In Sub-Saharan Africa, the numbers speak loudly: About 25 million people are infected with HIV. An estimated 2.8 million became infected in 2006 alone. A projected 20 million children will have lost at least one parent to AIDS by 2010. That will mean a total of 42 million orphans.
And yet at the epicenter of the global AIDS crisis, the affected people themselves aren’t speaking loudly. In many cases, they aren’t speaking at all. The stigma surrounding the disease has silenced them.
Dr. Rachel Smith, assistant professor in the College of Communication, has been working on HIV/AIDS communication in Namibia since 2003.
Dr. Rachel Smith, a health communication expert and assistant professor in the College of Communication at The University of Texas at Austin, recognizes that understanding this stigma is critical to slowing the spread of HIV/AIDS in Sub-Saharan Africa.
Without a means of circumventing the stigma, antiviral drugs, education programs, support systems and prevention campaigns risk failure. The social influence of other people is ultimately the key.
“We know a lot about the positive side of norms, how other people’s encouragement has a huge impact on behavior,” she says, “but we know less about the prohibitions. When working on international health campaigns, sometimes we’re dealing with stigma and we don’t have a good theory for how stigma works in communication.”
Smith has been working since 2003 in Namibia, where the stigma around HIV/AIDS has had dire consequences. Some individuals refuse testing, deny care for orphans and reject people who have the disease from jobs and homes. HIV-positive mothers risk passing the virus to their babies when they choose to nurse them, deciding the risk is less severe than the risk of having to live on the street if people knew about the disease.
The problem isn’t necessarily that Namibians don’t have the right information.
“As with a lot of health issues, we originally thought this was a knowledge problem. We figured if people know differently they’ll behave differently,” Smith says. “But you can know something and decide not to do it because there are other competing persuasive efforts involved.”
Namibia, on the west coast of Africa, north of South Africa and south of Angola, made the headlines in the U.S. when Hollywood stars Brad Pitt and Angelina Jolie chose it as a birthplace for their child. (Smith admits her students were sorely disappointed when she came back from a trip to the country without having met the celebrities.) But the real news in Namibia is that it is one of the hardest-hit places in the world when it comes to HIV/AIDS.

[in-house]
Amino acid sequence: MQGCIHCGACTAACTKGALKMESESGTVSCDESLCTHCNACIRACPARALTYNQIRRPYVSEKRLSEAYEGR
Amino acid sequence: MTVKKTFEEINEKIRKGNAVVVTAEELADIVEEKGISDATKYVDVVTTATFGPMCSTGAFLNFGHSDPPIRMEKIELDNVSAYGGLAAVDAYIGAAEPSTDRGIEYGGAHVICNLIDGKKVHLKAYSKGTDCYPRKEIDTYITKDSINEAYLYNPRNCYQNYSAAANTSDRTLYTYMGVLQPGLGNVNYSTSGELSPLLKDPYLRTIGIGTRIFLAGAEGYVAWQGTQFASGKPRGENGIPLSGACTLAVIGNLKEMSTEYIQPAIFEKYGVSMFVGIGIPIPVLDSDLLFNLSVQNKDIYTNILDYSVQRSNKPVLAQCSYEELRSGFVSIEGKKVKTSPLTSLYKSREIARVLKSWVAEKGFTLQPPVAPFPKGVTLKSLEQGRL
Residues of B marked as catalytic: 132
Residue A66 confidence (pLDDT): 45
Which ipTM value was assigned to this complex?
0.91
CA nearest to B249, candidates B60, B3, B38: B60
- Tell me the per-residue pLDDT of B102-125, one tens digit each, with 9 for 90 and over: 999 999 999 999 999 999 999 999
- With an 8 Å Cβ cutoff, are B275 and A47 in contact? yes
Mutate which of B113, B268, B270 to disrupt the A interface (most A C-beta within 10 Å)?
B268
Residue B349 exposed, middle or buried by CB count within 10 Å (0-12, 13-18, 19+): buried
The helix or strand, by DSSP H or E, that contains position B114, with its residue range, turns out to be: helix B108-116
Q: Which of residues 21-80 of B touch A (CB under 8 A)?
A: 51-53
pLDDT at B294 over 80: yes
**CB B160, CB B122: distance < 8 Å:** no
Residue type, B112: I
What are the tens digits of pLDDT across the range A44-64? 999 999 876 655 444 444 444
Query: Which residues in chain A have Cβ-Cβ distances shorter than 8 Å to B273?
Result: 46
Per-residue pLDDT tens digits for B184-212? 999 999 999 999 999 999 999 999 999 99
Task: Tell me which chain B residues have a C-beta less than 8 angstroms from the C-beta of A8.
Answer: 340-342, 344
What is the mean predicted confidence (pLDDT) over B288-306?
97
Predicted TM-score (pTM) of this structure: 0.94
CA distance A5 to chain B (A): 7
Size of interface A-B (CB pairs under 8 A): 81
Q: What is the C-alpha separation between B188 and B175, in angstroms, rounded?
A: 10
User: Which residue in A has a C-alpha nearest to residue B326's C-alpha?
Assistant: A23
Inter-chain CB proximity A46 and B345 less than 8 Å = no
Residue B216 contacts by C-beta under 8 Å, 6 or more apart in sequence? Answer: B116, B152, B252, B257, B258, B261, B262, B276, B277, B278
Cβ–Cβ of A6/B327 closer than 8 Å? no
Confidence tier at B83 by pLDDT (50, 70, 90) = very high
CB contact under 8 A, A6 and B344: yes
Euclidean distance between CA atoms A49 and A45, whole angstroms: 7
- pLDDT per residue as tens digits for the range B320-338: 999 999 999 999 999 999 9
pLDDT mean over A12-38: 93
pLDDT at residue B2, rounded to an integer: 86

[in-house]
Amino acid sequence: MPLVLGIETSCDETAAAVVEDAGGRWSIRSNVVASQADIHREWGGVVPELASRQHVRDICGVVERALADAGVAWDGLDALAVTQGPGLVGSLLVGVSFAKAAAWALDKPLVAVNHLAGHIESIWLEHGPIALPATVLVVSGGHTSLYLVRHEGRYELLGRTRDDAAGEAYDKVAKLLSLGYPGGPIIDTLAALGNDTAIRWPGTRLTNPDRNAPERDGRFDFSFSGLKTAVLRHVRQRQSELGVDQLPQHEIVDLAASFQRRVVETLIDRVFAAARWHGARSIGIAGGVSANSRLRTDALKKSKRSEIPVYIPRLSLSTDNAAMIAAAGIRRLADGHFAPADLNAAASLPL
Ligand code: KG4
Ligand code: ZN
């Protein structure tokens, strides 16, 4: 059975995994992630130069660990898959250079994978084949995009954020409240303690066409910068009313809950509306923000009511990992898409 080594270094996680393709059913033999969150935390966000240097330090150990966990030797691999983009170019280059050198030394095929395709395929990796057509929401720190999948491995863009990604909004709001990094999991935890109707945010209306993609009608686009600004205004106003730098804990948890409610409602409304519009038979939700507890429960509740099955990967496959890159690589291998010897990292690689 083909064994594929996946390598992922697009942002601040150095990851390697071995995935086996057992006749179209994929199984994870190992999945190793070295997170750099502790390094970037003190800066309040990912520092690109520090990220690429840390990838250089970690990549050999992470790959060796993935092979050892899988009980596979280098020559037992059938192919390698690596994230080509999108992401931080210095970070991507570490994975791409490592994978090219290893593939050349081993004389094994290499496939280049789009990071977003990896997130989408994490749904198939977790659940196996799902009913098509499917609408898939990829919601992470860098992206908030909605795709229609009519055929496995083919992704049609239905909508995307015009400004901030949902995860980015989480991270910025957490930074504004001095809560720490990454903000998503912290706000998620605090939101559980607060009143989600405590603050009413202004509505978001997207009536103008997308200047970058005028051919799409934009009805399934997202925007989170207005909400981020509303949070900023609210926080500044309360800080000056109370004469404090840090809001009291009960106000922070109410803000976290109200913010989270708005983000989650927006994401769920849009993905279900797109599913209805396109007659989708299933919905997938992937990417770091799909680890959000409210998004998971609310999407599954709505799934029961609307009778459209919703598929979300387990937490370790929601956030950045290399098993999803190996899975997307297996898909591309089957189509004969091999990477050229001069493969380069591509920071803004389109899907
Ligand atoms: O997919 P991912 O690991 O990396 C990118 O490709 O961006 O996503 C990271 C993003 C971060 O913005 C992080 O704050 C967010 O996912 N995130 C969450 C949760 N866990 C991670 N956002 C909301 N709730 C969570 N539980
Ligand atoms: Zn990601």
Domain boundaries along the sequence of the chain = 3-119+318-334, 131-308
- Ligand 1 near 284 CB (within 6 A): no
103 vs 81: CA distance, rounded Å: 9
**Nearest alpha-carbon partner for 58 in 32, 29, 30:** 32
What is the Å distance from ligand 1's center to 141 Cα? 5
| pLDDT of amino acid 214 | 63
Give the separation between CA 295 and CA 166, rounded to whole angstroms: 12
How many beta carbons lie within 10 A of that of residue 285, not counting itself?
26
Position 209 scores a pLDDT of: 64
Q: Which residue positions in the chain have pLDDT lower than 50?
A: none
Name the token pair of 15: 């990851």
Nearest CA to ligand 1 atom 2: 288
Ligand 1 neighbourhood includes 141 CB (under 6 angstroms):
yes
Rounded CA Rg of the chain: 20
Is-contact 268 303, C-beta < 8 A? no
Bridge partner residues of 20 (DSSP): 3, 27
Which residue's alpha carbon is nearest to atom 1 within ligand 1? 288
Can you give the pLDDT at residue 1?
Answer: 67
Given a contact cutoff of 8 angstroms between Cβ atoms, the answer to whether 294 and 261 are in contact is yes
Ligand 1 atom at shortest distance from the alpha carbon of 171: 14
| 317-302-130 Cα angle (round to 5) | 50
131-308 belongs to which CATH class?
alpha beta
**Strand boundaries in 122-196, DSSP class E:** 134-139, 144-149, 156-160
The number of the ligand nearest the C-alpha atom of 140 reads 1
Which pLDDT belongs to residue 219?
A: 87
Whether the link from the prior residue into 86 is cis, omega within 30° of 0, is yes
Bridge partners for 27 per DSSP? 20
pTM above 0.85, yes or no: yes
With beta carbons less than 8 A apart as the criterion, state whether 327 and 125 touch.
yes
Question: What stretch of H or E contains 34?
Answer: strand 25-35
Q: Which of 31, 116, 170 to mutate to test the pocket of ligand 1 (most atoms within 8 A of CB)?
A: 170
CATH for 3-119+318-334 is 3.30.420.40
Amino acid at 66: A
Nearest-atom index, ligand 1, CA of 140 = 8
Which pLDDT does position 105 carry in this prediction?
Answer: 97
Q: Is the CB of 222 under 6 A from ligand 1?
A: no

Namibia has an HIV prevalence of about 20 percent, with some areas reporting a prevalence of more than 40 percent. AIDS accounts for 50 percent of deaths among individuals aged 15 to 49 and over 75 percent of all hospitalizations in public sector hospitals.
Namibia is one of 15 focus countries for the President’s Emergency Plan for AIDS Relief. The focus countries in the Emergency Plan collectively represent at least 50 percent of HIV infections world-wide.
Smith says the desert nation poses some unusual challenges to those trying to create interventions. It has only been an independent nation since 1990. After Mongolia, it is the most sparsely populated country in the world. And there are understandable reasons why some Namibians haven’t given HIV/AIDS the attention it deserves.
“If anyone was to contract HIV and do nothing, one may die of an AIDS-related illness in 10 to 15 years,” Smith says. “In some parts of Namibia you can die of malaria in two weeks or of civil unrest at any time. So 10 to 15 years may seem like a long time.”
The other challenge is the stigma associated with HIV/AIDS. In much of Namibia, HIV is associated in people’s minds with shameful acts, engaging in sexual taboos, immorality and even witchcraft. The HIV-positive individual is seen as a threat to the community.
“Once a stigma goes into place, it’s really tough to make it go away,” Smith says. “We’ve seen very few successful anti-stigma campaigns.”
In fact, speaking directly about a stigma can actually reinforce it. It allows people to decide that their beliefs are normal because other people have them. In other cases, speaking directly about the stigma shames people, causing a backlash that only reinforces the beliefs.